world countries as well as for U.S. corporations in the field of agribusiness. She was president of Experience, Inc., from 1969 to 1973 and remained a member of the Board of Directors until 1990, when the firm merged with another consulting company.
According to Sullivan, the most significant challenge she faced was whether or not to get married. If she had married, she would not have been able to pursue a biochemical career in the same way. Her greatest satisfaction came from discovering "something no one knew before--in my own case, the finding of the presence and identification of glutathione in wheat germ and its effect on flour properties." She strongly encourages women to pursue careers in science.
An avid musician, Sullivan has enjoyed playing the violin and outdoor sports such as swimming and tennis. Throughout her professional and personal life she has worked hard, shown a genuine concern for others, and displayed a great sense of humor, as evidenced by a love of practical jokes. As a trail blazer for women in the field of biochemistry, she has served as a source of inspiration for many.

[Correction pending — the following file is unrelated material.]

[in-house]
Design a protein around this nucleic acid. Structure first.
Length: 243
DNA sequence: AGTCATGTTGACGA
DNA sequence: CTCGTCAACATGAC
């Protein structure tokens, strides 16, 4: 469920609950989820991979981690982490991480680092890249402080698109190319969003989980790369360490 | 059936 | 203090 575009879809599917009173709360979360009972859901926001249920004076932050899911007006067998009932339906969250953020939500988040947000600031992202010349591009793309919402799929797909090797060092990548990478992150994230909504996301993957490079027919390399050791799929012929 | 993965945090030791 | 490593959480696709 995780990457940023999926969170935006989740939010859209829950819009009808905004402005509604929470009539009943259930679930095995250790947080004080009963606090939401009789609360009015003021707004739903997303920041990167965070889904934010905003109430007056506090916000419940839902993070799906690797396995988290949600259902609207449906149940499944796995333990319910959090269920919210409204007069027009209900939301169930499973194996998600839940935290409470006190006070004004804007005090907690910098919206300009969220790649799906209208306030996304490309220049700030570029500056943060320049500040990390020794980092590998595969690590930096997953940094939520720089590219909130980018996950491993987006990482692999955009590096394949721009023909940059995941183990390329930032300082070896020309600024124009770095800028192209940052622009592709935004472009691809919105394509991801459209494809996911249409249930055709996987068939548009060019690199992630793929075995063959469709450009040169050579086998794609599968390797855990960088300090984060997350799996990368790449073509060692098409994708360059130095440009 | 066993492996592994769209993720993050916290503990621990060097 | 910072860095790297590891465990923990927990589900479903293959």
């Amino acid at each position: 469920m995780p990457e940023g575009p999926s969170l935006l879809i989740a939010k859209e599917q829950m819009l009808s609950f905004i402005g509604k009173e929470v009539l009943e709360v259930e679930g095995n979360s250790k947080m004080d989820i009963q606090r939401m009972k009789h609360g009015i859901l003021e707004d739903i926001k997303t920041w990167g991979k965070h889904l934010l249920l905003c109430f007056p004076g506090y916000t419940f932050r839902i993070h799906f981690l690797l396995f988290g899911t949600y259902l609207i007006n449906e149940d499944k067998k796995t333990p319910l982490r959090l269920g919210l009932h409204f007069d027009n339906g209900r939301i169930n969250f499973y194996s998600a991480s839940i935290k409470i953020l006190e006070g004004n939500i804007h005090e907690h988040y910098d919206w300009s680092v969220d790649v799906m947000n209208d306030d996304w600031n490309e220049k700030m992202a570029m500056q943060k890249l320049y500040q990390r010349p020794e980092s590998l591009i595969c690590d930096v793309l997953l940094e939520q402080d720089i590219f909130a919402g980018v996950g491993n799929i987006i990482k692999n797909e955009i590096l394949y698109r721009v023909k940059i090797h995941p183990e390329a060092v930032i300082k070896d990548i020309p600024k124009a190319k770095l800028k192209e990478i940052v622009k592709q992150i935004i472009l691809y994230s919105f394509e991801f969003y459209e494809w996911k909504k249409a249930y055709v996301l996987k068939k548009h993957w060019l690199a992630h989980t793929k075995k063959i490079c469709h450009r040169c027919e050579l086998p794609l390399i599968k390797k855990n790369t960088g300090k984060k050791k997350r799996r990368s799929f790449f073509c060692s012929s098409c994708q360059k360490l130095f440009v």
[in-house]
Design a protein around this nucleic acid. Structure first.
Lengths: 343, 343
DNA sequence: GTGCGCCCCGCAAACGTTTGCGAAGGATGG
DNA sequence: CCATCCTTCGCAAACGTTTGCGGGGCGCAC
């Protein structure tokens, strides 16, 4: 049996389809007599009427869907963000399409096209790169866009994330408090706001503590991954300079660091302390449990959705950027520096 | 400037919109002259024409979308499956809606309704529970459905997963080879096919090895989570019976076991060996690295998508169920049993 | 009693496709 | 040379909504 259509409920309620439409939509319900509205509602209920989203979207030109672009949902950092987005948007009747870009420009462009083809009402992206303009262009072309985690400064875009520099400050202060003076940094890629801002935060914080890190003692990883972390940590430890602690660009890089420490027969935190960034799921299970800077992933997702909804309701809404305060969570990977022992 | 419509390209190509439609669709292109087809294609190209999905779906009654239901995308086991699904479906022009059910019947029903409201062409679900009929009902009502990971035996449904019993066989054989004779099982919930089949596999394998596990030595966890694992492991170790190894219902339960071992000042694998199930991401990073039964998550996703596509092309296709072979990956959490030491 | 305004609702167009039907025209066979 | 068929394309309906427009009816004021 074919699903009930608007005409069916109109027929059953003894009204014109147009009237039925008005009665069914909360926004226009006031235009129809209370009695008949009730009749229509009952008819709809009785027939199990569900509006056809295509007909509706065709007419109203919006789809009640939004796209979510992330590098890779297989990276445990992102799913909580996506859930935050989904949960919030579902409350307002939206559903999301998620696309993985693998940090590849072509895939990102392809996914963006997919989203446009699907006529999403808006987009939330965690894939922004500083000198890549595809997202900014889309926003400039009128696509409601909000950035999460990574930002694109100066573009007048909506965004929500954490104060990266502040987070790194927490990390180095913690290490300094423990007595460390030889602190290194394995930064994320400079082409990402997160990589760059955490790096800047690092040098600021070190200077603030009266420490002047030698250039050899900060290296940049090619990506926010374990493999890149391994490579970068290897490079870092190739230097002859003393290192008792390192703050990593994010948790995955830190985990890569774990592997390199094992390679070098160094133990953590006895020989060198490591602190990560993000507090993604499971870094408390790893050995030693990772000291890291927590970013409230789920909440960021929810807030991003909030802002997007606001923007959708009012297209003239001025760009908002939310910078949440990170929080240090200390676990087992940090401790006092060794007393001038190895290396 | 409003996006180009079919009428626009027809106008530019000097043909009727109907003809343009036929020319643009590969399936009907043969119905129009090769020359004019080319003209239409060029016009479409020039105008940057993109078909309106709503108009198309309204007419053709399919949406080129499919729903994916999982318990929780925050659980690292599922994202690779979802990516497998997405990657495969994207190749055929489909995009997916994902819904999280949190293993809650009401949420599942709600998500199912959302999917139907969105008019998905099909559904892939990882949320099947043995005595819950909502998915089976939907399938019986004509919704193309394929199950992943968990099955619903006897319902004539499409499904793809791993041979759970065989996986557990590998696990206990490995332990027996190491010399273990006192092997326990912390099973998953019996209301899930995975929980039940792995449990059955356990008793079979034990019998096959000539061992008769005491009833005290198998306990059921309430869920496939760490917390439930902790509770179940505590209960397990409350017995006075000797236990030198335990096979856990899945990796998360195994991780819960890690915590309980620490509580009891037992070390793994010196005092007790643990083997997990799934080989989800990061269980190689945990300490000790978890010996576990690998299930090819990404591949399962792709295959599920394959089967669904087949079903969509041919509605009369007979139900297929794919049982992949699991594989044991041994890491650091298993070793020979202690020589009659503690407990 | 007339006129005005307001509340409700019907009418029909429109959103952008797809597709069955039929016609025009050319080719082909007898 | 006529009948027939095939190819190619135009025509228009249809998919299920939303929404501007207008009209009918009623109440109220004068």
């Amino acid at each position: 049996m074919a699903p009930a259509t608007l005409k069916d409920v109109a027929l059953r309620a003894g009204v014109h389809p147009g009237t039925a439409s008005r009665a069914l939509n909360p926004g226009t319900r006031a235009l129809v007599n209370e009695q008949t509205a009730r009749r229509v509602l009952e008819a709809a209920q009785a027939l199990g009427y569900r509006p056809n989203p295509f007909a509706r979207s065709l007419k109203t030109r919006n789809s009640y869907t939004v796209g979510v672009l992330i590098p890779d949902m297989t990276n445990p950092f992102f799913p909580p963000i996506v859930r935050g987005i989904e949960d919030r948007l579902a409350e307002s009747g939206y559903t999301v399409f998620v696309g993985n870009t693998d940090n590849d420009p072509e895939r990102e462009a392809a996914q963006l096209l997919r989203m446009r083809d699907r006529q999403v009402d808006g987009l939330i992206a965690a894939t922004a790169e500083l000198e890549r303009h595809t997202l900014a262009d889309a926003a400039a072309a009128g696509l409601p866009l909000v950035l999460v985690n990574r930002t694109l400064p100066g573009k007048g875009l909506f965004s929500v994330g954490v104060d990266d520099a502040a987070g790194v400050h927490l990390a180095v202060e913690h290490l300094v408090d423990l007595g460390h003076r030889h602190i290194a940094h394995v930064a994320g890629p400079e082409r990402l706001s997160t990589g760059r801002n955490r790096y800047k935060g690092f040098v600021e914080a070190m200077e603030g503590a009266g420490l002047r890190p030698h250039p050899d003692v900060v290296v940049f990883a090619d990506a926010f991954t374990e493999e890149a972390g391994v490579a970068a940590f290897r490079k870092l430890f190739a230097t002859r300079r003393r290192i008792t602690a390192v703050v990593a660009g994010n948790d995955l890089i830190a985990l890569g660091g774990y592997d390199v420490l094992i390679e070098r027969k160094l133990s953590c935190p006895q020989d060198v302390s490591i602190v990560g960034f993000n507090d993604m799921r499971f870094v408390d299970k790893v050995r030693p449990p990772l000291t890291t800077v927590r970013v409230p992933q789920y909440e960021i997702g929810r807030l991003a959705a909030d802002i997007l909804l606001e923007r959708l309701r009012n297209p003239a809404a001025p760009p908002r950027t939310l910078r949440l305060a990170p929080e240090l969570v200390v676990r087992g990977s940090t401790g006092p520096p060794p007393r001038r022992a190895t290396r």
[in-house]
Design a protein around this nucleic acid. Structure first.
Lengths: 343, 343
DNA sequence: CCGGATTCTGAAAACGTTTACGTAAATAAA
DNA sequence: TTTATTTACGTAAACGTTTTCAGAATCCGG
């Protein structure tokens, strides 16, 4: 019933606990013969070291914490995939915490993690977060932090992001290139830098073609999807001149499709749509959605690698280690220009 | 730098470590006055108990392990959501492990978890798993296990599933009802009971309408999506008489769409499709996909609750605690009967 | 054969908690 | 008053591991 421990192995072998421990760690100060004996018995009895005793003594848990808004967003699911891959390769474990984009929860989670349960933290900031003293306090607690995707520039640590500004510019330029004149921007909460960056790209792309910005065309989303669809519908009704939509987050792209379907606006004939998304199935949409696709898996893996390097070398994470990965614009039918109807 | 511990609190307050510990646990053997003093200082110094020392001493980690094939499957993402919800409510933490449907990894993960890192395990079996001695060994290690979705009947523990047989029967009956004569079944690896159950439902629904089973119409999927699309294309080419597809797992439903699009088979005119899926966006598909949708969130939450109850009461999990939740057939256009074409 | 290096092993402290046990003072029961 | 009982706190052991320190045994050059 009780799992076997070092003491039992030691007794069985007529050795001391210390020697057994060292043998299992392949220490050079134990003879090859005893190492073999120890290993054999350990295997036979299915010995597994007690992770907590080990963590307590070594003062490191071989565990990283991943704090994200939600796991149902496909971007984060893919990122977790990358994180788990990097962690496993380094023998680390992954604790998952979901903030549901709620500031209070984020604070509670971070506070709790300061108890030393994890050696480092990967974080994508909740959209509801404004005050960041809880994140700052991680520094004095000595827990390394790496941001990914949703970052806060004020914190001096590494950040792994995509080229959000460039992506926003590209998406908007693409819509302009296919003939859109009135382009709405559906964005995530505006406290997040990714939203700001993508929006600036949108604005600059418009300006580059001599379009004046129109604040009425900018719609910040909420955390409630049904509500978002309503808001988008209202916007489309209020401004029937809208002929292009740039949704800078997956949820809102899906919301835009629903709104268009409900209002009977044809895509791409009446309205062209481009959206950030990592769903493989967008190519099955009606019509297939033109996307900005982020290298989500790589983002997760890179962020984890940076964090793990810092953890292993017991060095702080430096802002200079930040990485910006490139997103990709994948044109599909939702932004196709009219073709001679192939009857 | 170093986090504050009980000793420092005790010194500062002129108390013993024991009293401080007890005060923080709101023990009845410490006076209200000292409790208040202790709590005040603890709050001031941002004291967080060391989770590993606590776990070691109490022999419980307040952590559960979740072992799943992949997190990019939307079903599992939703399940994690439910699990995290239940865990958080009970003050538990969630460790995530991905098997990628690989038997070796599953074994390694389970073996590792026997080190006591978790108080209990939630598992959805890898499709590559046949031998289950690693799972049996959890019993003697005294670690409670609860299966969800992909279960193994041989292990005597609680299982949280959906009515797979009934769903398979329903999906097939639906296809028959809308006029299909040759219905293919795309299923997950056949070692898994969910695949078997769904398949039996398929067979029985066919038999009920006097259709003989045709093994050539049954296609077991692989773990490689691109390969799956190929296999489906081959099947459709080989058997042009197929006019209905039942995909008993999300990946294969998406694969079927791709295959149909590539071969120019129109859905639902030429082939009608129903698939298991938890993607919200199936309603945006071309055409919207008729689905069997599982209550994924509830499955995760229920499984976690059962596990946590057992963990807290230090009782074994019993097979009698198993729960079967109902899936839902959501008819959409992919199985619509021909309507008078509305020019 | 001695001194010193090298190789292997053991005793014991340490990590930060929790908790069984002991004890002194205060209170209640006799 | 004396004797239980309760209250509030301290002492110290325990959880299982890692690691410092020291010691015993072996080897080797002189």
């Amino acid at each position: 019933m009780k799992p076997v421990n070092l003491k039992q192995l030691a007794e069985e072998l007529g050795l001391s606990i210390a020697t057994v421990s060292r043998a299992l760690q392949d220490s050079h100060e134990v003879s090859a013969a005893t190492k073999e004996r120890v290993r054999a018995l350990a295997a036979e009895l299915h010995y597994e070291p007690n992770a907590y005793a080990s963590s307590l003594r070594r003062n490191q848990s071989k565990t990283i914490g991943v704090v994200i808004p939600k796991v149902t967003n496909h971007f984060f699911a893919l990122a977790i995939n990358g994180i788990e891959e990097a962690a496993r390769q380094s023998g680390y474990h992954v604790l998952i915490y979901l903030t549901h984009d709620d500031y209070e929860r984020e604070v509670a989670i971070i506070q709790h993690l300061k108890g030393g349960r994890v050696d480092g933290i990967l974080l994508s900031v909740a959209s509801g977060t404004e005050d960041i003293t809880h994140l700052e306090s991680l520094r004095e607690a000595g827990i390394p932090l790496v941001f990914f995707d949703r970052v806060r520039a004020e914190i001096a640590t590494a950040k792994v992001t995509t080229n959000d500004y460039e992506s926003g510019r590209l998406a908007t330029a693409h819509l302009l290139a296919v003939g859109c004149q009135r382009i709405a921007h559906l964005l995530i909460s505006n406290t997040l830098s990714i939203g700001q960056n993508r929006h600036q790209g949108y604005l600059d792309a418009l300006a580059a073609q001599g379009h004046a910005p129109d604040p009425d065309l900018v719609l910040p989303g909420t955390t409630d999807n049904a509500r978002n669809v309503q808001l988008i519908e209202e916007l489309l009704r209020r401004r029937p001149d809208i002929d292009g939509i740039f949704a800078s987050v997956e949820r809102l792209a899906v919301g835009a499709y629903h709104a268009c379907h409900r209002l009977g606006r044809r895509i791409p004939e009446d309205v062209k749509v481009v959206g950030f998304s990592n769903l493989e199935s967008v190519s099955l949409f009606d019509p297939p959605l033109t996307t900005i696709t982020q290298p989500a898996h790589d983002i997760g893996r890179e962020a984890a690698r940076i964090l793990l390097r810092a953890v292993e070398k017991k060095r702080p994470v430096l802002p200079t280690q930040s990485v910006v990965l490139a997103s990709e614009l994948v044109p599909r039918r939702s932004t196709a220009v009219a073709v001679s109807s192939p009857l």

American Men and Women of Science, 1995-96. 19th ed. New York: Bowker, 1995.
"Betty Sullivan." Chemical and Engineering News 26 ( July 12, 1948): 2055.
"New Honors for Smith and Sullivan." Chemical and Engineering News 32 ( March 22, 1954): 1138.
Sullivan Betty. "The Mechanism of the Oxidation and Reduction of Flour." Cereal Chemistry 6, suppl. ( 1948): 16-31. [Thomas Burr Osborne Award address]
-----. "Proteins in Flour." Journal of Agriculture and Food Chemistry 2 ( 1954): 1231-1234. [Garvan Medal address]
Sullivan Betty, and Marjorie Howe. "The Isolation of Glutathione from Wheat Germ." Journal of the American Chemical Society 59 ( 1937): 2742.
Sullivan Betty, et al. "On the Presence of Glutathione in Wheat Germ." Cereal Chemistry 13 ( 1936): 665-669.
-----. "Relation of Particle Size to Certain Flour Characteristics." Cereal Chemistry 37 ( 1960): 436-455.
MARILYN MCKINLEY PARRISH